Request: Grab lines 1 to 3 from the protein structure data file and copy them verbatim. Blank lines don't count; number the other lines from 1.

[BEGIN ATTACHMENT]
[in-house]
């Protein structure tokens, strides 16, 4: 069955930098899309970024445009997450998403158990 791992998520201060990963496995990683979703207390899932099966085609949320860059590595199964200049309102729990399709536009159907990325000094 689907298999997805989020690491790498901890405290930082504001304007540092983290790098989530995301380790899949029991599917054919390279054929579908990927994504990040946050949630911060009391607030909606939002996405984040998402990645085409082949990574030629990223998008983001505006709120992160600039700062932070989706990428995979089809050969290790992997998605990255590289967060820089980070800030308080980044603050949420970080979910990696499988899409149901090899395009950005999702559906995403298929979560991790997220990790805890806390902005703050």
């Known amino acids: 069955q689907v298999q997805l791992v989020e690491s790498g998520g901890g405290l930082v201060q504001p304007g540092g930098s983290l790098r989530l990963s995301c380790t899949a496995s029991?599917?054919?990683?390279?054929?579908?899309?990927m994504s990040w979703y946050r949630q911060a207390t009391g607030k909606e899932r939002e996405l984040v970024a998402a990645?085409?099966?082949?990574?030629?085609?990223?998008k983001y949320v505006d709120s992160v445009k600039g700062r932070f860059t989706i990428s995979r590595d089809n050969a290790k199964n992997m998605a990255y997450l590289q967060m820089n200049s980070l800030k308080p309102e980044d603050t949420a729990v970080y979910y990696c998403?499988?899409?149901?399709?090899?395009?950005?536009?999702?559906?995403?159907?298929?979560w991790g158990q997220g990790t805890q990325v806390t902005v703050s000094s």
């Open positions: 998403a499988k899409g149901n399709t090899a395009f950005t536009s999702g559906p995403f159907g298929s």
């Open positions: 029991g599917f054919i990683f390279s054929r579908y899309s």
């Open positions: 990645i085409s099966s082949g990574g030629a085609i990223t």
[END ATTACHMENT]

[in-house]
């Protein structure tokens, strides 16, 4: 069955930098899309970024445009997450998403158990 791992998520201060990963496995990683979703207390899932099966085609949320860059590595199964200049309102729990399709536009159907990325000094 689907298999997805989020690491790498901890405290930082504001304007540092983290790098989530995301380790899949029991599917054919390279054929579908990927994504990040946050949630911060009391607030909606939002996405984040998402990645085409082949990574030629990223998008983001505006709120992160600039700062932070989706990428995979089809050969290790992997998605990255590289967060820089980070800030308080980044603050949420970080979910990696499988899409149901090899395009950005999702559906995403298929979560991790997220990790805890806390902005703050």
């Known amino acids: 069955q689907v298999q997805l791992v989020e690491s790498g998520g901890g405290l930082v201060q504001p304007g540092g930098s983290l790098r989530l990963s995301c380790t899949a496995s029991?599917?054919?990683?390279?054929?579908?899309?990927m994504s990040w979703y946050r949630q911060a207390t009391g607030k909606e899932r939002e996405l984040v970024a998402a990645?085409?099966?082949?990574?030629?085609?990223?998008k983001y949320v505006d709120s992160v445009k600039g700062r932070f860059t989706i990428s995979r590595d089809n050969a290790k199964n992997m998605a990255y997450l590289q967060m820089n200049s980070l800030k308080p309102e980044d603050t949420a729990v970080y979910y990696c998403?499988?899409?149901?399709?090899?395009?950005?536009?999702?559906?995403?159907?298929?979560w991790g158990q997220g990790t805890q990325v806390t902005v703050s000094s």